People still watch TV – Americans watch 250 billion hours of TV every year[ii]. This is not insignificant by any standard and can give online, social, mobile and print advertising a run for its money if ads are intelligently placed and provide ‘buy now’ capability.
Following are some examples of companies that have already made TV-commerce possible in one form or the other.
FOX and AmEX have partnered to allow AmEX cardholders to buy merchandise portrayed in the show ‘New Girl’[iii]. But the feature has been decoupled from the TV viewing experience. The users have to go to a website or an app to look for the items from the show and buy them there. Through another integrated offering with NBC Universal, Comcast and Zeebox, AmEX card members can browse the items on their iPad, iOS and iPod while viewing the program on their TV set. Another technology provider, Brightline, enables DVR equipped audience to engage with the brands, but direct purchase is not possible yet.
Even though not possible currently, it will be possible in the future to purchase items shown on TV while watching the program/ad by paying through your pre-synced payment and having it shipped to your profile address (similar to Amazon’s One-Click ordering). Some likely players in the TV-commerce value chain will come from the programming networks, satellite/cable TV providers, online video content providers (Ex. Netflix), Smart TV manufacturers, social networking websites, payment solution providers, video analysis software providers, e-commerce websites, game console makers and retailers/manufacturers wishing to advertise their items. If it still seems hard to believe, I am laying out few plausible scenarios for TV-commerce here.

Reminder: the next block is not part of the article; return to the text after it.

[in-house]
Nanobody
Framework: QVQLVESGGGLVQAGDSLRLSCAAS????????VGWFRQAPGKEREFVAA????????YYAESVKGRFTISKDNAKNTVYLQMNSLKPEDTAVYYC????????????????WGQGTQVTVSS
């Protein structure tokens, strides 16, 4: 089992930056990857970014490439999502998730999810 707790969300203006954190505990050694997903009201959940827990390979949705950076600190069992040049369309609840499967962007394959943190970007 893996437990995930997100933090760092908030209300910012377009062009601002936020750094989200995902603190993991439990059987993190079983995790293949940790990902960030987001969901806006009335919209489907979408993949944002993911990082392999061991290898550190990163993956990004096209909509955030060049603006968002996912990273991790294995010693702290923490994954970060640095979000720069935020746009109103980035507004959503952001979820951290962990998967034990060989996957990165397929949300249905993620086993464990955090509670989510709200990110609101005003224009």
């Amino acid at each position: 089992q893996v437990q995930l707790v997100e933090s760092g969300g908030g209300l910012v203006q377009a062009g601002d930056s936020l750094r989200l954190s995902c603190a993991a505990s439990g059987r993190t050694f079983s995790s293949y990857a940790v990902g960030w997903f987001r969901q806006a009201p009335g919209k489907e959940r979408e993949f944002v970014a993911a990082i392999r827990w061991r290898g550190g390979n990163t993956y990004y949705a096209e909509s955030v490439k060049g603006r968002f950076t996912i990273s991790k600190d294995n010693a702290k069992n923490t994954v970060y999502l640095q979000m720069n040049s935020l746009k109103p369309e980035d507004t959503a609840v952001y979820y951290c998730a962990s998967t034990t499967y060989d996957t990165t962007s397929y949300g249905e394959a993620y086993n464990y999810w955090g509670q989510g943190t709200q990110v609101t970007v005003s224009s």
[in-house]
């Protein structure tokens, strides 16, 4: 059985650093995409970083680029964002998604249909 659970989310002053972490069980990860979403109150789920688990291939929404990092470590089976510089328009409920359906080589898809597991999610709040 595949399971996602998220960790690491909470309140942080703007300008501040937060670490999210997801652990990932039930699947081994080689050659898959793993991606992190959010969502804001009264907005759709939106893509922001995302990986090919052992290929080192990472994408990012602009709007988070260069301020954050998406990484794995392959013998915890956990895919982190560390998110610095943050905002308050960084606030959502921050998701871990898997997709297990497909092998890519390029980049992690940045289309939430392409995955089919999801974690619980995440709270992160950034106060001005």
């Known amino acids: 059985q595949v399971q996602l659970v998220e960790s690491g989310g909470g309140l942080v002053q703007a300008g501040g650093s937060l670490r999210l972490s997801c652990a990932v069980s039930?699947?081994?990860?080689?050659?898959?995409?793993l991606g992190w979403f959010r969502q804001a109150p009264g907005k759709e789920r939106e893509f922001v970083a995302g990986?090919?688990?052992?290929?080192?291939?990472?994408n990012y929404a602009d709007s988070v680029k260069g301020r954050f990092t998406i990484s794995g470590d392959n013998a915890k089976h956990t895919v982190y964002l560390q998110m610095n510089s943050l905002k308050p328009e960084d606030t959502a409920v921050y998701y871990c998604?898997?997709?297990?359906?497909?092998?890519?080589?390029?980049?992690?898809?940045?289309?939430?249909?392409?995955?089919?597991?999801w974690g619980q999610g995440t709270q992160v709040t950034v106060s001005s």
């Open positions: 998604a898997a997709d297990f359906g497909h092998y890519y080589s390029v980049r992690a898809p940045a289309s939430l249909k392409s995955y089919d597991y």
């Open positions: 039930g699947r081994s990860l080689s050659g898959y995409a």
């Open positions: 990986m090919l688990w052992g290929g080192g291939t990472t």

Through DVR – Your satellite/cable TV provider has your billing information saved. There is a button on your remote to display product recommendations related to the program you are watching. You click that button, select the product and click ok (similar to buying On-Demand shows). The satellite/cable TV provider procures the item and delivers it to your billing address and charges it to your monthly bill.
Through Smart TV – You are watching a program on your Smart TV (connected to internet). The TV has a video image analysis program installed. It scans the screen, finds the products and provides you an option to go to your favorite e-commerce site to complete the purchase. Or the TV allows you to do a single click purchase right from the program screen. It uses your pre-synced e-commerce website and payment information.